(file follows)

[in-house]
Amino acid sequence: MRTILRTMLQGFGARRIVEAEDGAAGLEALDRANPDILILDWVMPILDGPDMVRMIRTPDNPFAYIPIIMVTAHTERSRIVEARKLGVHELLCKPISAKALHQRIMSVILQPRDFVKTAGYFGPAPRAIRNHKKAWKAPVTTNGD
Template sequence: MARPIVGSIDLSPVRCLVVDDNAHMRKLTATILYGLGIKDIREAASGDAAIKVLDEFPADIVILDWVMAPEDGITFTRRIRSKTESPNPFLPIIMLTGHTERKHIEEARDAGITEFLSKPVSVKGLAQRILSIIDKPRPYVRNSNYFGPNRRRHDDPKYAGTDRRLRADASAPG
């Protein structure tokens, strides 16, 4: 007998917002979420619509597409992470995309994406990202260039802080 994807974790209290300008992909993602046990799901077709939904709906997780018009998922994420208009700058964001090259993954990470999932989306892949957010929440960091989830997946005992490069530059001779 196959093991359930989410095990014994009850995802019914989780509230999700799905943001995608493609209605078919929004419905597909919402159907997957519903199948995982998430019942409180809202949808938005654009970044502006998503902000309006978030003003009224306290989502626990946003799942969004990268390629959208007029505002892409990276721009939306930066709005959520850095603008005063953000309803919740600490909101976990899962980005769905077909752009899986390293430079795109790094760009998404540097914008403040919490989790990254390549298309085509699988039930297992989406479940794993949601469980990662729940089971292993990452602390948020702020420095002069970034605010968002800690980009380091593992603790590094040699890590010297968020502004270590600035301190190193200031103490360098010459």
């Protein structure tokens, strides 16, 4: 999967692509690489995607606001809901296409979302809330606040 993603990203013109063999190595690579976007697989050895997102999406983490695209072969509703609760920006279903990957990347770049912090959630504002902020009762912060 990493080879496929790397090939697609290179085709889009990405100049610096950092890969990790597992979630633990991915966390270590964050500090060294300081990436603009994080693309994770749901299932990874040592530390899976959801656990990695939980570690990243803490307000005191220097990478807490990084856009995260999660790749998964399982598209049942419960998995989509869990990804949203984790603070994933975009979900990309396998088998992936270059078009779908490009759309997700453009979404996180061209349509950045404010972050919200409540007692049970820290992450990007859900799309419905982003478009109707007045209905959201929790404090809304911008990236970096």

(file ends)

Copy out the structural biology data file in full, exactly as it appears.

[in-house]
Amino acid sequence: MRTILRTMLQGFGARRIVEAEDGAAGLEALDRANPDILILDWVMPILDGPDMVRMIRTPDNPFAYIPIIMVTAHTERSRIVEARKLGVHELLCKPISAKALHQRIMSVILQPRDFVKTAGYFGPAPRAIRNHKKAWKAPVTTNGD
Template sequence: MARPIVGSIDLSPVRCLVVDDNAHMRKLTATILYGLGIKDIREAASGDAAIKVLDEFPADIVILDWVMAPEDGITFTRRIRSKTESPNPFLPIIMLTGHTERKHIEEARDAGITEFLSKPVSVKGLAQRILSIIDKPRPYVRNSNYFGPNRRRHDDPKYAGTDRRLRADASAPG
């Protein structure tokens, strides 16, 4: 007998917002979420619509597409992470995309994406990202260039802080 994807974790209290300008992909993602046990799901077709939904709906997780018009998922994420208009700058964001090259993954990470999932989306892949957010929440960091989830997946005992490069530059001779 196959093991359930989410095990014994009850995802019914989780509230999700799905943001995608493609209605078919929004419905597909919402159907997957519903199948995982998430019942409180809202949808938005654009970044502006998503902000309006978030003003009224306290989502626990946003799942969004990268390629959208007029505002892409990276721009939306930066709005959520850095603008005063953000309803919740600490909101976990899962980005769905077909752009899986390293430079795109790094760009998404540097914008403040919490989790990254390549298309085509699988039930297992989406479940794993949601469980990662729940089971292993990452602390948020702020420095002069970034605010968002800690980009380091593992603790590094040699890590010297968020502004270590600035301190190193200031103490360098010459």
């Protein structure tokens, strides 16, 4: 999967692509690489995607606001809901296409979302809330606040 993603990203013109063999190595690579976007697989050895997102999406983490695209072969509703609760920006279903990957990347770049912090959630504002902020009762912060 990493080879496929790397090939697609290179085709889009990405100049610096950092890969990790597992979630633990991915966390270590964050500090060294300081990436603009994080693309994770749901299932990874040592530390899976959801656990990695939980570690990243803490307000005191220097990478807490990084856009995260999660790749998964399982598209049942419960998995989509869990990804949203984790603070994933975009979900990309396998088998992936270059078009779908490009759309997700453009979404996180061209349509950045404010972050919200409540007692049970820290992450990007859900799309419905982003478009109707007045209905959201929790404090809304911008990236970096």